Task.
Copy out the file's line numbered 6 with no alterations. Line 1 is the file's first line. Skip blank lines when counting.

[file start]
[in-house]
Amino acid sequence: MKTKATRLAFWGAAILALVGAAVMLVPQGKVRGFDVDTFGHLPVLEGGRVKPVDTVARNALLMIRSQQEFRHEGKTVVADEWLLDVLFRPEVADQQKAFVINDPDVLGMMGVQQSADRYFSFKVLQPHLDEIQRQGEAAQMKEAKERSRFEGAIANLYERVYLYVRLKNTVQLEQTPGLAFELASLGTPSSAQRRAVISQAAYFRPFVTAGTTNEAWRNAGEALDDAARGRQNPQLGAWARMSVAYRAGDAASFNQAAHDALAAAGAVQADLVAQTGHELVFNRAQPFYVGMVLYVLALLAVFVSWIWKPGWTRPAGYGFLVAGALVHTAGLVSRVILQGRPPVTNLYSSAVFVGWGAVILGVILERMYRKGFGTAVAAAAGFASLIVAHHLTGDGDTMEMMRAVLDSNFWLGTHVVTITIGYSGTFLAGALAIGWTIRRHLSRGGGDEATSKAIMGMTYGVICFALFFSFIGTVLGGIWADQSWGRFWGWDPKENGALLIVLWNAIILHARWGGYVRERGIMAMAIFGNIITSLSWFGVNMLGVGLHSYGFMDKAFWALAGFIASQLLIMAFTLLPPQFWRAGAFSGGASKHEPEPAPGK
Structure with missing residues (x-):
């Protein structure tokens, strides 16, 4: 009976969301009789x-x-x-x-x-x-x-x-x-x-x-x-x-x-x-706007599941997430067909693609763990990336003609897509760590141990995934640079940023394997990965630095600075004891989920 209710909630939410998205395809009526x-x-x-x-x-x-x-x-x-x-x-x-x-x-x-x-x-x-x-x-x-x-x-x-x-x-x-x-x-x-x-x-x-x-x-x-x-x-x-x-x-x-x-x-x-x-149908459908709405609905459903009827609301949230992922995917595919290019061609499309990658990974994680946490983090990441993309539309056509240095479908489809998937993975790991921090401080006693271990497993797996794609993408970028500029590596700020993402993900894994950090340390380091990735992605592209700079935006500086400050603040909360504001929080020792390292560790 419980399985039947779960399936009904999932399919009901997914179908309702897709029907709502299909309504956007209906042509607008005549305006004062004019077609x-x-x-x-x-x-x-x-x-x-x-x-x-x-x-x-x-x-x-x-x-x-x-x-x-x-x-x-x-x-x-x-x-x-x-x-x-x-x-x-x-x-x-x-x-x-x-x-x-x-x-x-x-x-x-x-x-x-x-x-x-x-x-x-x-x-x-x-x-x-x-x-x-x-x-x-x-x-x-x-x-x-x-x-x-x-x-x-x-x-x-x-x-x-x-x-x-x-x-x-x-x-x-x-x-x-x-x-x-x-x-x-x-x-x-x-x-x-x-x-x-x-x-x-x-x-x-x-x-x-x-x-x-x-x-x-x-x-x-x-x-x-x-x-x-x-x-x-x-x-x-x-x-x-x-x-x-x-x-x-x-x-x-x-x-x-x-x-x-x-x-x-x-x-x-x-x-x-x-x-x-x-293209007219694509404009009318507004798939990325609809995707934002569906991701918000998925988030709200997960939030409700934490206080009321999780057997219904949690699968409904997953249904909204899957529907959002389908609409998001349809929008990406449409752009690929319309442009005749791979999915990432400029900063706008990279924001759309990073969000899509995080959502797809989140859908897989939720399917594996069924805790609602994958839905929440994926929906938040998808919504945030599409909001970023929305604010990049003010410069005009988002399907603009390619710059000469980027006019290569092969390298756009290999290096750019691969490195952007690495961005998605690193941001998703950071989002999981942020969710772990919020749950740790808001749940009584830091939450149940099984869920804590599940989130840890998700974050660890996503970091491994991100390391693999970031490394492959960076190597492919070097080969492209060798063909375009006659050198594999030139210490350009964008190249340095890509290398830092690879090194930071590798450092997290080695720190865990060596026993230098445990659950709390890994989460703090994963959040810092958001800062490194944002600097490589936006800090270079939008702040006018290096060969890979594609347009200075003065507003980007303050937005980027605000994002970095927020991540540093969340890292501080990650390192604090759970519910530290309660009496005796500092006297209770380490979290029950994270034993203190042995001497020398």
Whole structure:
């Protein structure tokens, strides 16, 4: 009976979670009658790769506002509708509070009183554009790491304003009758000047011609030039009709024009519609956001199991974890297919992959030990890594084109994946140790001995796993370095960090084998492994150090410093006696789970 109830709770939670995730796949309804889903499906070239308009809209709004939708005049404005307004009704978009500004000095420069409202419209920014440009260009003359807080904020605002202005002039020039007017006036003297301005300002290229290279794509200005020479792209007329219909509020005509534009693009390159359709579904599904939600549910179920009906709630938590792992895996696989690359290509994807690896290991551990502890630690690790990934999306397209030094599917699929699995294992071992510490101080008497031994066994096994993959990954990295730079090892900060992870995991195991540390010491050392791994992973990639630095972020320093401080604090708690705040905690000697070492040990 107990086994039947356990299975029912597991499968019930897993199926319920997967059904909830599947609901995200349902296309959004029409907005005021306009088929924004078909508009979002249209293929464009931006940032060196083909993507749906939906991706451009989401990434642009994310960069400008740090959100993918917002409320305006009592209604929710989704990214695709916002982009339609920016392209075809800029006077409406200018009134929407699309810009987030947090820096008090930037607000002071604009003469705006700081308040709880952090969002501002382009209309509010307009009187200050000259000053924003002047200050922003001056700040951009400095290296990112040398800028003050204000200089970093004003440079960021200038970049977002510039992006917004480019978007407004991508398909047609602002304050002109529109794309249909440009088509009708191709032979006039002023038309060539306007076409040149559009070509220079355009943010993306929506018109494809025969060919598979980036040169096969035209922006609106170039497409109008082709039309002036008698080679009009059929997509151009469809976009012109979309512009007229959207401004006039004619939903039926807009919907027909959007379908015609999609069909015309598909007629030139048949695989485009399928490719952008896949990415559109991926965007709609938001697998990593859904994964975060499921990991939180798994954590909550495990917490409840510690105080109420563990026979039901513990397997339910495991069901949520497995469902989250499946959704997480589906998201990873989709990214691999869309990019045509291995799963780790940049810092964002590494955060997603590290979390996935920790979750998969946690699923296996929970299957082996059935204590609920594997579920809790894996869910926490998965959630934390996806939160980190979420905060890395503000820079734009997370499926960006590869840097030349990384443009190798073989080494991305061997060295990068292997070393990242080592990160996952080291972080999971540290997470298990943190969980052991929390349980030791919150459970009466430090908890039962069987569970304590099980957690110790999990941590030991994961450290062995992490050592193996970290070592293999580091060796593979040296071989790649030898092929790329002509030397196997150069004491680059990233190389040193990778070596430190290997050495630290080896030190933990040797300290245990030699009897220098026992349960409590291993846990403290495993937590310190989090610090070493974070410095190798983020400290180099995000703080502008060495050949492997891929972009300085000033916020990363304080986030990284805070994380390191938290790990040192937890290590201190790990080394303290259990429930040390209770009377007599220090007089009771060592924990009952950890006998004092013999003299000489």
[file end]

């Protein structure tokens, strides 16, 4: 009976979670009658790769506002509708509070009183554009790491304003009758000047011609030039009709024009519609956001199991974890297919992959030990890594084109994946140790001995796993370095960090084998492994150090410093006696789970 109830709770939670995730796949309804889903499906070239308009809209709004939708005049404005307004009704978009500004000095420069409202419209920014440009260009003359807080904020605002202005002039020039007017006036003297301005300002290229290279794509200005020479792209007329219909509020005509534009693009390159359709579904599904939600549910179920009906709630938590792992895996696989690359290509994807690896290991551990502890630690690790990934999306397209030094599917699929699995294992071992510490101080008497031994066994096994993959990954990295730079090892900060992870995991195991540390010491050392791994992973990639630095972020320093401080604090708690705040905690000697070492040990 107990086994039947356990299975029912597991499968019930897993199926319920997967059904909830599947609901995200349902296309959004029409907005005021306009088929924004078909508009979002249209293929464009931006940032060196083909993507749906939906991706451009989401990434642009994310960069400008740090959100993918917002409320305006009592209604929710989704990214695709916002982009339609920016392209075809800029006077409406200018009134929407699309810009987030947090820096008090930037607000002071604009003469705006700081308040709880952090969002501002382009209309509010307009009187200050000259000053924003002047200050922003001056700040951009400095290296990112040398800028003050204000200089970093004003440079960021200038970049977002510039992006917004480019978007407004991508398909047609602002304050002109529109794309249909440009088509009708191709032979006039002023038309060539306007076409040149559009070509220079355009943010993306929506018109494809025969060919598979980036040169096969035209922006609106170039497409109008082709039309002036008698080679009009059929997509151009469809976009012109979309512009007229959207401004006039004619939903039926807009919907027909959007379908015609999609069909015309598909007629030139048949695989485009399928490719952008896949990415559109991926965007709609938001697998990593859904994964975060499921990991939180798994954590909550495990917490409840510690105080109420563990026979039901513990397997339910495991069901949520497995469902989250499946959704997480589906998201990873989709990214691999869309990019045509291995799963780790940049810092964002590494955060997603590290979390996935920790979750998969946690699923296996929970299957082996059935204590609920594997579920809790894996869910926490998965959630934390996806939160980190979420905060890395503000820079734009997370499926960006590869840097030349990384443009190798073989080494991305061997060295990068292997070393990242080592990160996952080291972080999971540290997470298990943190969980052991929390349980030791919150459970009466430090908890039962069987569970304590099980957690110790999990941590030991994961450290062995992490050592193996970290070592293999580091060796593979040296071989790649030898092929790329002509030397196997150069004491680059990233190389040193990778070596430190290997050495630290080896030190933990040797300290245990030699009897220098026992349960409590291993846990403290495993937590310190989090610090070493974070410095190798983020400290180099995000703080502008060495050949492997891929972009300085000033916020990363304080986030990284805070994380390191938290790990040192937890290590201190790990080394303290259990429930040390209770009377007599220090007089009771060592924990009952950890006998004092013999003299000489």